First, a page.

ATLANTA – Runoff from a growing number of giant solar farms polluting rivers and streams in rural South Georgia is becoming a major concern, an official with the state Environmental Protection Division (EPD) said Monday.
Huge solar farms of up to 1,000 acres are being built on the region’s sandy soil, which is particularly vulnerable to erosion of sediment caused by runoff from solar panels, James Cooley, the EPD’s director of division operations, told members of the Georgia House Rural Development Council meeting in Americus.
Local governments, which play a major role in the permitting of construction sites, typically deal with small sites such as Dollar Generals and aren’t used to such large projects, Cooley said.
“The ball gets dropped somewhere in the process,” he said.
House lawmakers and other officials attending the meeting on the campus of Southwest Georgia State University were surprised and dismayed by what they heard from Cooley.
“This is eye-opening to say the least,” said state Rep. John Corbett, R-Lake Park, a member of the council, formed by House Speaker David Ralston five years ago to look for ways to improve rural Georgia’s economy.”
“[What] we don’t want to be known for in Georgia is a clean energy state that has caused our rivers to become dirty,” added Jason Shaw, a member of the state Public Service Commission (PSC), Georgia’s energy regulating agency.
At the same time, council members heard other presentations Monday on the value of solar farms both to Georgia landowners and rural communities.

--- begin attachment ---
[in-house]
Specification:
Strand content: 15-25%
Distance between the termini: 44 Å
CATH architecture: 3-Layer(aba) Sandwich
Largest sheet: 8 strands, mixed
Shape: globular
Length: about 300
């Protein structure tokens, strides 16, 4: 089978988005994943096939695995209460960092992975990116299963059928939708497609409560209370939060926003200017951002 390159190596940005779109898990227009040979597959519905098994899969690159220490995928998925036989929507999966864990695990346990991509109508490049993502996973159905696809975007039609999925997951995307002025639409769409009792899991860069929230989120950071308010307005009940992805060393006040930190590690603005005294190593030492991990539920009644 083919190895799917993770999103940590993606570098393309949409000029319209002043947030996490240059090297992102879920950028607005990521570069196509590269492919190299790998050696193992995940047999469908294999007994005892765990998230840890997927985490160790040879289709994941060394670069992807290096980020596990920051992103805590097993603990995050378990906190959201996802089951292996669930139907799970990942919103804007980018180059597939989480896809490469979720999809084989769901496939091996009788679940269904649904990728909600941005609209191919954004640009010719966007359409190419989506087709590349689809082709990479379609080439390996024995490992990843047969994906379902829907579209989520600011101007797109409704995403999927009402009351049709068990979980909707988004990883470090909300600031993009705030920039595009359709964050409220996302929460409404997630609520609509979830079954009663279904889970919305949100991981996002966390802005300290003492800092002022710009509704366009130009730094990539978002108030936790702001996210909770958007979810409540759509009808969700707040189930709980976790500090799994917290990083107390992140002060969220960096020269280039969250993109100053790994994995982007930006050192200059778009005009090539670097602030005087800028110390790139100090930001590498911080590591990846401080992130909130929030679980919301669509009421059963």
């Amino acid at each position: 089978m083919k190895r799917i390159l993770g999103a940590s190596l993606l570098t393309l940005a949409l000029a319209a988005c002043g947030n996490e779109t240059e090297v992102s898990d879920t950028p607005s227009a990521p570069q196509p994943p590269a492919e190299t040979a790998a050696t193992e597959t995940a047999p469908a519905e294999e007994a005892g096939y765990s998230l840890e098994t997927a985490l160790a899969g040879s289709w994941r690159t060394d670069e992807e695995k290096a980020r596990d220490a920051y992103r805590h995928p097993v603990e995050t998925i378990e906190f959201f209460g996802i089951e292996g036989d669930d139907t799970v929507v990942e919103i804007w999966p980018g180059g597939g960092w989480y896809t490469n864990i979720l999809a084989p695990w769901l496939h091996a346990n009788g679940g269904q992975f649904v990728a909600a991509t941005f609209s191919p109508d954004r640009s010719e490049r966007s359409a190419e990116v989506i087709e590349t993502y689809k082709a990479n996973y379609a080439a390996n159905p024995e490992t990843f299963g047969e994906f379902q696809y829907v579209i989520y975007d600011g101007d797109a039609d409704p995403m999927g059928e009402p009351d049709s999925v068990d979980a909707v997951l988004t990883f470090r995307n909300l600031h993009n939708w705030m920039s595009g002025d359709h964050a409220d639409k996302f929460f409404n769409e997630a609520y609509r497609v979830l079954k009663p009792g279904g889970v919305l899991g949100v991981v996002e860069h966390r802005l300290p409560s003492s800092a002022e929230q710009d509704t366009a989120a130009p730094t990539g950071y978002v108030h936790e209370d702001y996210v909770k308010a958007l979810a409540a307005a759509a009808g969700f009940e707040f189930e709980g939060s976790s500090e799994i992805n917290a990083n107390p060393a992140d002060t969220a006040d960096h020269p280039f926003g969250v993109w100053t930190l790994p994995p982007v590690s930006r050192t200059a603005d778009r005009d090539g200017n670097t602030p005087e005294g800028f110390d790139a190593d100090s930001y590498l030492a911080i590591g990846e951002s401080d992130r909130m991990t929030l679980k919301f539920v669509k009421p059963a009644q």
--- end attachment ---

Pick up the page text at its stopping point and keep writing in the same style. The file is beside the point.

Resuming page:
Landowners and local municipalities in Georgia are receiving about $2.9 billion a year in income by leasing land being used for solar farms by Georgia Power alone, said Ryan Sanders, executive director of the Georgia Large-Scale Solar Association.
“This is an opportunity for people … who are looking for a long-term revenue stream that will help them stay on the land,” added Jeff Clark, president and CEO of the Advanced Power Alliance, a Texas-based renewable energy trade association. “This is [also] a way to bring new revenue into a community without putting additional strain on the infrastructure.”
While large solar farms tend to stand out because they’re often located near busy highways, they take up only a tiny percentage of Georgia’s land mass, PSC Chairwoman Tricia Pridemore said.
Currently, there are about 35,000 acres of solar farms spread over 54 square miles, just 0.9% of the land in Georgia, she said.
Clark said large-scale solar power developers typically include “decommissioning” requirements in their contracts with utilities that include commitments to remediate solar farm sites after their useful lives and recycle the metal from used solar panels.
“The renewable industry relies on a long-term relationship to communities,” he said. “We want a good relationship. We want communities to look at us positively.”
Shaw said counties where utilities are looking to locate solar farms should adopt model ordinances governing permitting requirements to make sure applicants have plans for handling runoff.
This story is available through a news partnership with Capitol Beat News Service, a project of the Georgia Press Educational Foundation.